But what is brachioplasty?
For many of us the next three months means one thing – skimpier clothes. Loose skin on the arms is a worry for many and, more often than not, frantic sessions at the gym just do not cut it.
An arm lift – or brachioplasty – is a lesser-known surgery that addresses these fatty tissue problems. The cosmetic procedure aims to get rid of underarm fat and excess skin, more commonly known as bingo wings or batwings, caused by the ageing process or weight loss.
The alternative option, which is less invasive, is a mini brachioplasty. Sagging skin is tucked up under the armpit, leaving an insignificant scarring on the underarm where hair grows.
And an increasing number of us are looking to fix that upper arm wobble. Baywatch star Donna D’Errico revealed she underwent an arm lift – in addition to a tummy tuck, buttock fat transfer and liposuction – in a bid to feel body confident.
Banishing flabby upper arms is tricky and the number of patients seeking this surgery has hit an all-time high with 102,588 arm lifts taking place around the globe in 2015.
Recent research also suggests that the procedure is a lot less risky than previously thought, making it even more attractive to potential patients.
And for those women who have rapidly shed bags of weight, they may look to lift back sagging underarm skin to complete their new, tighter look.
Trim, toned upper arms are a popular aesthetic look, with fit, strong bodies that look gym-honed top of the ‘must have’ look for many women.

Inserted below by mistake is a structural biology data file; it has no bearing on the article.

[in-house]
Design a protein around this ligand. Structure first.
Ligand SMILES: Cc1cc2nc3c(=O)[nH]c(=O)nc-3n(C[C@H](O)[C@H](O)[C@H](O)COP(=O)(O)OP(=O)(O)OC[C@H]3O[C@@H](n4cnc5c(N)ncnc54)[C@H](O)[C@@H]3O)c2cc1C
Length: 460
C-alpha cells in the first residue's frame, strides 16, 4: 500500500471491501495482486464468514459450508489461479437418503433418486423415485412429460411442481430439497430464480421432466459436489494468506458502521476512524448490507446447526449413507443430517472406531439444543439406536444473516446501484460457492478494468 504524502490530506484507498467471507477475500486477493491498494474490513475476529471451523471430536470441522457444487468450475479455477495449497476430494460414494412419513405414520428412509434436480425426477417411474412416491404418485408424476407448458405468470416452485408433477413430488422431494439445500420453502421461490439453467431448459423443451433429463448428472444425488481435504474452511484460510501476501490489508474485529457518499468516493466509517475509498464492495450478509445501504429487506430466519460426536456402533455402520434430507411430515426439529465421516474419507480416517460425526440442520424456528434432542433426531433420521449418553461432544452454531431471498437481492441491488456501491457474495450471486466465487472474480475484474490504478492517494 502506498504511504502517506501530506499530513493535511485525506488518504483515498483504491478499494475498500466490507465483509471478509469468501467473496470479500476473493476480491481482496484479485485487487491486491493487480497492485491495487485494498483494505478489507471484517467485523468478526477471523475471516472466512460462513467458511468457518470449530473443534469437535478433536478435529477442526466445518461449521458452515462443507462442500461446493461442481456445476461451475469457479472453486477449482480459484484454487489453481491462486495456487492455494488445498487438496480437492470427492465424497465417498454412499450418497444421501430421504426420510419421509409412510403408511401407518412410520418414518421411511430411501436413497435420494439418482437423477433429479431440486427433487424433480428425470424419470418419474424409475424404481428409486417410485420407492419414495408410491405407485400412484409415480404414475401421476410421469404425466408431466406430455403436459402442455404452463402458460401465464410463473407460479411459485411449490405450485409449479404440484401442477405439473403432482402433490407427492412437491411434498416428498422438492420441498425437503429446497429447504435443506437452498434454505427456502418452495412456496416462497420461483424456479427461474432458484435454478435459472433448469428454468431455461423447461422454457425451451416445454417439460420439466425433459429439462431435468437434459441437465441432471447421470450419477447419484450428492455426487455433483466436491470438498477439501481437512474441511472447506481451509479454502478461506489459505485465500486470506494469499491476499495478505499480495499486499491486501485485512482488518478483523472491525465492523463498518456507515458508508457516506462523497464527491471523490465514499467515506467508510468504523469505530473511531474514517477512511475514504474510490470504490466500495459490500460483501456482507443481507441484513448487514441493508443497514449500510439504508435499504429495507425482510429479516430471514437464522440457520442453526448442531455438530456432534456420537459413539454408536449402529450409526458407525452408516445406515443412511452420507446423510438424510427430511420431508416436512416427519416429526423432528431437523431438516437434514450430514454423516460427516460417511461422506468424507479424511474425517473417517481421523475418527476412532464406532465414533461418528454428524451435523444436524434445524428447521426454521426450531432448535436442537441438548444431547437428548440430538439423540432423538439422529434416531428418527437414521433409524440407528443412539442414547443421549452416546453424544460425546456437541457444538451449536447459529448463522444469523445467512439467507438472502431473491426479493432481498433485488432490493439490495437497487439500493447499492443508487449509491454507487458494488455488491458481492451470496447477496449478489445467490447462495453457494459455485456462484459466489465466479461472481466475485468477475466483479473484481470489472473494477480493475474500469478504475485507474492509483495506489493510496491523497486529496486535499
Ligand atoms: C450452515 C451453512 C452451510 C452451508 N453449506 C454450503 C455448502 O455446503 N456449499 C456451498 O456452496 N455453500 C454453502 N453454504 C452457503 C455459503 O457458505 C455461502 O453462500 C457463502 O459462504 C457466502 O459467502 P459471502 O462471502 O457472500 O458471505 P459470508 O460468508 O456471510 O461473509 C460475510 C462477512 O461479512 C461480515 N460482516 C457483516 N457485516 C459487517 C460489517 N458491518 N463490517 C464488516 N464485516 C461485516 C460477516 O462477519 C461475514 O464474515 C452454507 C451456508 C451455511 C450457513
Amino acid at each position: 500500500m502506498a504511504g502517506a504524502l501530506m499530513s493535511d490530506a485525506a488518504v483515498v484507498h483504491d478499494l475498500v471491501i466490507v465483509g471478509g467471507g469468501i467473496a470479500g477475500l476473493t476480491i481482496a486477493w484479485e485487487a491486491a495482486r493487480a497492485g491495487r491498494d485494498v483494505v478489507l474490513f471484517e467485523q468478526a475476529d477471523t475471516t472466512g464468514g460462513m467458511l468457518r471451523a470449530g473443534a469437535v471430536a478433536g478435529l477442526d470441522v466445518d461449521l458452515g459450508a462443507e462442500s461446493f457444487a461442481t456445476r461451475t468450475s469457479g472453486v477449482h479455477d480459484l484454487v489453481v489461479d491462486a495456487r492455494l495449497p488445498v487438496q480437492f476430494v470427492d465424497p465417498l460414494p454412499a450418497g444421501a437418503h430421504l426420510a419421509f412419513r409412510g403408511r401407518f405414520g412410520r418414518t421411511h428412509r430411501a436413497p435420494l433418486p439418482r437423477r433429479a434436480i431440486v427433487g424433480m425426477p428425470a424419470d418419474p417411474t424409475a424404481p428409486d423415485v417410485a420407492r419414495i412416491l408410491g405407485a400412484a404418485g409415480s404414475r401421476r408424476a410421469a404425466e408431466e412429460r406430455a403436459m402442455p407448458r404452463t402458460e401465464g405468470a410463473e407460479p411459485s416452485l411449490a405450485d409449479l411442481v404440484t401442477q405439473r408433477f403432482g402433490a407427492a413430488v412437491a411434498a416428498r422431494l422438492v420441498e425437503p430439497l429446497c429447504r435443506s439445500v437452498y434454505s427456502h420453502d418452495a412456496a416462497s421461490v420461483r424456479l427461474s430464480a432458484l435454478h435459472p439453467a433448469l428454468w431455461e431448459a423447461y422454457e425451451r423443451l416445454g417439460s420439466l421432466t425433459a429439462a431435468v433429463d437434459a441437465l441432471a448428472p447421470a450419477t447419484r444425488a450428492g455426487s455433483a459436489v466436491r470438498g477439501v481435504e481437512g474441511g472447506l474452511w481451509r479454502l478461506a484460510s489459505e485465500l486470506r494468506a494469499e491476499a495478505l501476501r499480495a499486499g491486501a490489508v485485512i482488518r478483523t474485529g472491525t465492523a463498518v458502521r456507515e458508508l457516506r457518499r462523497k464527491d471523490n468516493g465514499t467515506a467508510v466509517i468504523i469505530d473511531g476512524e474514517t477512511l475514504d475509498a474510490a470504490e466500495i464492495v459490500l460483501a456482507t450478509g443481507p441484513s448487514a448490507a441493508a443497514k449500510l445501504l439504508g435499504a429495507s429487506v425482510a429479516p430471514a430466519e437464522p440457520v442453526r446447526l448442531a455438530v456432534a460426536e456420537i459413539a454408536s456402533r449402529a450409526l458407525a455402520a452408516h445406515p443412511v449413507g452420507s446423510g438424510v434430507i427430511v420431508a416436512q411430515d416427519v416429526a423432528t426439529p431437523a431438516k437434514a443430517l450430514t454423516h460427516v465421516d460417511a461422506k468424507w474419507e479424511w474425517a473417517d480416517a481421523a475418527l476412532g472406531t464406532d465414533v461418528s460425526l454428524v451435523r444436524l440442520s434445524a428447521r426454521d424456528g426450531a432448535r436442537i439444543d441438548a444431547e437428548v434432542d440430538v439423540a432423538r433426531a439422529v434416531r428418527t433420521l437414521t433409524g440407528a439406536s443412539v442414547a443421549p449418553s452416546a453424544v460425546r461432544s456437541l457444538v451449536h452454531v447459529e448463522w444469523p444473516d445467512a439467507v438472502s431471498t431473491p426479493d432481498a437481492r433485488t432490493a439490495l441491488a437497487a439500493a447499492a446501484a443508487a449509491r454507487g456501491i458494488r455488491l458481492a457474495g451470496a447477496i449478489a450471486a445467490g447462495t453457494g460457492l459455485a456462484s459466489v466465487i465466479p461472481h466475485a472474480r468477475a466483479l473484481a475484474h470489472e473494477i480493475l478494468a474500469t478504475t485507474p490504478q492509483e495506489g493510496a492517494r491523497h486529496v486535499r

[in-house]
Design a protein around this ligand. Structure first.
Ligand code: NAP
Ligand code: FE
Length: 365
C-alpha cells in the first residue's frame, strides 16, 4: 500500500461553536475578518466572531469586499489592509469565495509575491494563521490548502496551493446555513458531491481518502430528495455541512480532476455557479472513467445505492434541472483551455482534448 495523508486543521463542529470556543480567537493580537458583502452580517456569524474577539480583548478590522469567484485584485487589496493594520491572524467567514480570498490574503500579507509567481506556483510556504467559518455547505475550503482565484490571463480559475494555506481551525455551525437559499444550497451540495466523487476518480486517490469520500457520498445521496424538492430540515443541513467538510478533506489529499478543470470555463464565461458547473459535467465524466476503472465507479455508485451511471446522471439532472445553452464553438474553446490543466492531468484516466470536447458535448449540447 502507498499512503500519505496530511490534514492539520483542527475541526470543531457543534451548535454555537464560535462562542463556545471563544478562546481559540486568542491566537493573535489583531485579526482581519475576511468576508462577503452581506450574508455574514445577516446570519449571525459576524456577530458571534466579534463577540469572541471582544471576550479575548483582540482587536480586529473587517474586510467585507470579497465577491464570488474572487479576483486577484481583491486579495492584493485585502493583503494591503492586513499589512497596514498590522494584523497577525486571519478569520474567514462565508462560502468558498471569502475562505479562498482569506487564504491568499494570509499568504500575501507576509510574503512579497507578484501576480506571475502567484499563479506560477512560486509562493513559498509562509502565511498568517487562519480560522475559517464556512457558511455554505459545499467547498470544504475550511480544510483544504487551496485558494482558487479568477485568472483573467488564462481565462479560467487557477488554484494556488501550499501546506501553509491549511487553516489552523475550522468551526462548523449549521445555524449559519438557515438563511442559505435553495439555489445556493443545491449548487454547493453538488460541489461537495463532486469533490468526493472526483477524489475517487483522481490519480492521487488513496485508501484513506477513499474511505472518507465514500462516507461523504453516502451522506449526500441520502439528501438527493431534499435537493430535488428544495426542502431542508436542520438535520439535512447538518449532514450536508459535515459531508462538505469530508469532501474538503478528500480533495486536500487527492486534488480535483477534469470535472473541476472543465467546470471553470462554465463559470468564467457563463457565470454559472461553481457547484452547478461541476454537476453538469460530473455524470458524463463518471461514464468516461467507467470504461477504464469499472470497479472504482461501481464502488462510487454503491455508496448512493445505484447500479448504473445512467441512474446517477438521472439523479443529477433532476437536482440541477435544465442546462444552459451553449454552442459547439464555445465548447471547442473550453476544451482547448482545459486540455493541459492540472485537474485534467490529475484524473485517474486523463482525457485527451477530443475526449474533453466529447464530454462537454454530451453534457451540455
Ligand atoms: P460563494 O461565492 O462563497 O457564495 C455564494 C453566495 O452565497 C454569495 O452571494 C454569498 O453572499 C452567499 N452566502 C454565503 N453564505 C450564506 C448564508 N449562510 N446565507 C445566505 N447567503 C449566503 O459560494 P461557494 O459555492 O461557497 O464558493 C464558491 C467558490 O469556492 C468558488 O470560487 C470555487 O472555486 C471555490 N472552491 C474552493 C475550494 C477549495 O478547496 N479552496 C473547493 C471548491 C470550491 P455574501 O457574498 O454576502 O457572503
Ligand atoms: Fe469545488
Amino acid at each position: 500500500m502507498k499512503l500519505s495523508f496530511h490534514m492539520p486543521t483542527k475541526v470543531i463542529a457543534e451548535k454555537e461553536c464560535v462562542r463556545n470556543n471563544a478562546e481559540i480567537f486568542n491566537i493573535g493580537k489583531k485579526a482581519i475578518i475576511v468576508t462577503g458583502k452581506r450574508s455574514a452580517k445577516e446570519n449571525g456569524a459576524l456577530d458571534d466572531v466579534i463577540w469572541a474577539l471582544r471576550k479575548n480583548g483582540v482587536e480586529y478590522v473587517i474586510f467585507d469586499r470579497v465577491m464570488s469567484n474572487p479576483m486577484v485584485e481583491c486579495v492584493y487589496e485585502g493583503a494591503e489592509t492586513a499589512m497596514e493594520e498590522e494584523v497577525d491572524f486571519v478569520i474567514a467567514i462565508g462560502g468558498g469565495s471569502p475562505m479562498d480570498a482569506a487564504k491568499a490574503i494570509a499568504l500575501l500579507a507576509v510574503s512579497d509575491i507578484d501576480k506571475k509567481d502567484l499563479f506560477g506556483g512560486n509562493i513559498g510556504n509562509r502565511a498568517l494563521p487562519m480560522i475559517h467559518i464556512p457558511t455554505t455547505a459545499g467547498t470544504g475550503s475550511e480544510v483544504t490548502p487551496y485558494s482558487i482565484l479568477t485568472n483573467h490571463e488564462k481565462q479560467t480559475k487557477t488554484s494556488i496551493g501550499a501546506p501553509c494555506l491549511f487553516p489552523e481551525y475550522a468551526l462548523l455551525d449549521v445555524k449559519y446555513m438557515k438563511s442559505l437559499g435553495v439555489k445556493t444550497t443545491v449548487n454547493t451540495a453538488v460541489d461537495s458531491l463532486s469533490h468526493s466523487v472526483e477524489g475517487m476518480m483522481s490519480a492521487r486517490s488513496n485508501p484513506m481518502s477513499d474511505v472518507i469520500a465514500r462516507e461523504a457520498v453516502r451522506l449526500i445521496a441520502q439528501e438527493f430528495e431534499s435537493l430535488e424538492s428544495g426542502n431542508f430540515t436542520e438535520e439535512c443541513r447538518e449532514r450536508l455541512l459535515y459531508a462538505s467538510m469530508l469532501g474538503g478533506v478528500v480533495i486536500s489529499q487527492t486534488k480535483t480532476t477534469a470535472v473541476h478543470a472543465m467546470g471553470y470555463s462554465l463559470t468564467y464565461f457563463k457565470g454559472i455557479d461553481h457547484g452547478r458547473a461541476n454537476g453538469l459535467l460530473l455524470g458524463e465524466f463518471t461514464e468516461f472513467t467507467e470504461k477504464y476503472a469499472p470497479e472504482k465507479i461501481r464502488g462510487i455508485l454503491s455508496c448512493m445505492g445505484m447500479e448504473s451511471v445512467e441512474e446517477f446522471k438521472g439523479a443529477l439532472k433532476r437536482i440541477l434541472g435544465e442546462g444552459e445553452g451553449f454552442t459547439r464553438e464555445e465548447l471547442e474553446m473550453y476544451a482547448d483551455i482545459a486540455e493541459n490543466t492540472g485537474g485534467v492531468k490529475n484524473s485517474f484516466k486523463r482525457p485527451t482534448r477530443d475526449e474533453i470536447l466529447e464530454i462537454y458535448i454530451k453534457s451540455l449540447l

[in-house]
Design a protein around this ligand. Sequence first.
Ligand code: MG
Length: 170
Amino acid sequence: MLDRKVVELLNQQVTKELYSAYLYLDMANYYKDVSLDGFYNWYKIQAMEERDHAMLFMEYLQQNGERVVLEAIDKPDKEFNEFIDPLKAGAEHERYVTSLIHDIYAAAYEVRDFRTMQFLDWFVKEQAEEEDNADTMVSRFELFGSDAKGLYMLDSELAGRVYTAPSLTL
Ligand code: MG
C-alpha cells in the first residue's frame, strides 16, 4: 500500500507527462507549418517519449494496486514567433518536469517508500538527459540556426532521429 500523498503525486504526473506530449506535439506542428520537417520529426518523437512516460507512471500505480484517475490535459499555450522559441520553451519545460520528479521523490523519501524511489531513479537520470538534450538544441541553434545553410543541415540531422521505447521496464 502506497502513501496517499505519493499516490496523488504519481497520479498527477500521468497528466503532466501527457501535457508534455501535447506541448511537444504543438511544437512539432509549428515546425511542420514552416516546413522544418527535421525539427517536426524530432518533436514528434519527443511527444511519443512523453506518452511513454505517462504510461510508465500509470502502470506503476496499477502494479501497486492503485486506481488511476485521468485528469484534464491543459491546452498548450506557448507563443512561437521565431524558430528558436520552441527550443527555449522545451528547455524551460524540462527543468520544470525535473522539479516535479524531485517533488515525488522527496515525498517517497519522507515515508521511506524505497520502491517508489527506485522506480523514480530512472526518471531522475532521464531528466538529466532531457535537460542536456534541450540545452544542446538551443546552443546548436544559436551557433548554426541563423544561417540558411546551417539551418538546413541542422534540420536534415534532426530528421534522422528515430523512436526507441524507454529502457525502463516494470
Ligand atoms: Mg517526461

Some of the more famous upper arms belong to the likes of former First Lady Michelle Obama and Friends star Jennifer Aniston who experts say are both to thank for this latest cosmetic trend.
Combine this celebrity influence with the spaghetti strap dresses in the summer and strapless LBDs during winter’s festive celebrations, you can see why the procedure is booming in popularity.
But be warned, you will have to sacrifice something for toning – the procedure leaves scars along the insides of your arms that run from the armpit to the elbow.
However, most patients find recovery to be relatively easy with only a short time off from work and away from heavy lifting activities.
Patients are often most comfortable wearing loose clothing on the day of surgery, with button up fronted tops.
And medications are administered to keep patients comfortable during the surgical procedure.
For safety reasons, during the operation various monitors will check the amount of oxygen circulating, as well as your heart and blood pressure.
After the operation is completed, the patient is then closely monitored while resting in a recovery area.
It is important to get up and start walking from day one. Although your arms will be sore for several days, you need to reduce the chances of blood clotting in the legs by getting active.
When it comes to bedtime, sleeping with your arms raised during the first two weeks helps to reduce inflammation and ensure the drainage of fluids.
And showering is important – but not until five days later, by which time all dressings should have been removed.